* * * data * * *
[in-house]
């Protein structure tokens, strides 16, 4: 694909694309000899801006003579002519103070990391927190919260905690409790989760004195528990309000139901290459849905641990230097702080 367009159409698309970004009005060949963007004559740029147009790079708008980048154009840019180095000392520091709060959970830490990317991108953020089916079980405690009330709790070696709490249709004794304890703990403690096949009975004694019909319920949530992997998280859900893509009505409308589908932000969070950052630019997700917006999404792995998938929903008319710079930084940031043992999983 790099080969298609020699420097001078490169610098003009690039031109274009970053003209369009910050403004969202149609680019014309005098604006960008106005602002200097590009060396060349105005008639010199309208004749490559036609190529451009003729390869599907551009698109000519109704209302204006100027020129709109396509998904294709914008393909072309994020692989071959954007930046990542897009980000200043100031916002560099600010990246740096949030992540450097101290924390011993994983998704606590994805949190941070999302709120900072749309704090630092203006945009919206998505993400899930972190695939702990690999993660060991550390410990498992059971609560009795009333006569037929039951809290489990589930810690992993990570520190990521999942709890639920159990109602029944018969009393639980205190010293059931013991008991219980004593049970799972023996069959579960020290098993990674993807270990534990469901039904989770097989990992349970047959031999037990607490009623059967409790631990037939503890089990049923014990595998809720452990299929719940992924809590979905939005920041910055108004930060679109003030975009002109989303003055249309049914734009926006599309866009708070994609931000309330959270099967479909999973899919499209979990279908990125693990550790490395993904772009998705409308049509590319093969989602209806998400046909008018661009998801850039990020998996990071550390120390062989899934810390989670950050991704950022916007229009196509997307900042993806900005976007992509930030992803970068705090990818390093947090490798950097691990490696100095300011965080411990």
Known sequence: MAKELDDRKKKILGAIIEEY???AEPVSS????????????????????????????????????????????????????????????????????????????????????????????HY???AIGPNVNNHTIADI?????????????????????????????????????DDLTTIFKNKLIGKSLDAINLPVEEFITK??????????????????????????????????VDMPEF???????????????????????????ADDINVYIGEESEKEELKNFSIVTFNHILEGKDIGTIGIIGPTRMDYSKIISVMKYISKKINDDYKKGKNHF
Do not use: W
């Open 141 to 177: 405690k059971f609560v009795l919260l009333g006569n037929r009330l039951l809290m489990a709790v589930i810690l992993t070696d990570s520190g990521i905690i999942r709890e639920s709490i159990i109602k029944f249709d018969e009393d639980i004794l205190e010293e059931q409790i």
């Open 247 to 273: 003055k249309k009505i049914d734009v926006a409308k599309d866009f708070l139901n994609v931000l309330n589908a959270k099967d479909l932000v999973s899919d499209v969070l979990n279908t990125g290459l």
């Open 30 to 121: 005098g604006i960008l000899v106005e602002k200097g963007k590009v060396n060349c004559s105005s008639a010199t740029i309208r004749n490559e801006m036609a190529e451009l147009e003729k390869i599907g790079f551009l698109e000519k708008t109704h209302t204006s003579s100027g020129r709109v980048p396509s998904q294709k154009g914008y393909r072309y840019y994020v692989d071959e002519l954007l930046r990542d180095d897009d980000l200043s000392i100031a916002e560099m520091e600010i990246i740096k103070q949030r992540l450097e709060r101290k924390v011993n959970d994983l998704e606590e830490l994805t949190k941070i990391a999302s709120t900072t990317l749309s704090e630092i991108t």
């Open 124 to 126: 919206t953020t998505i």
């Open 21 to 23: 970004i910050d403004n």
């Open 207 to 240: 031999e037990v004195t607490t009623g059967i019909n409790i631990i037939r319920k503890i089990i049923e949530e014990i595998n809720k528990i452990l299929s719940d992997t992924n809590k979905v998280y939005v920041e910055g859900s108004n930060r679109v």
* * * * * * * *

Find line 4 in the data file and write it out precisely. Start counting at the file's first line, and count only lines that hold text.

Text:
Do not use: W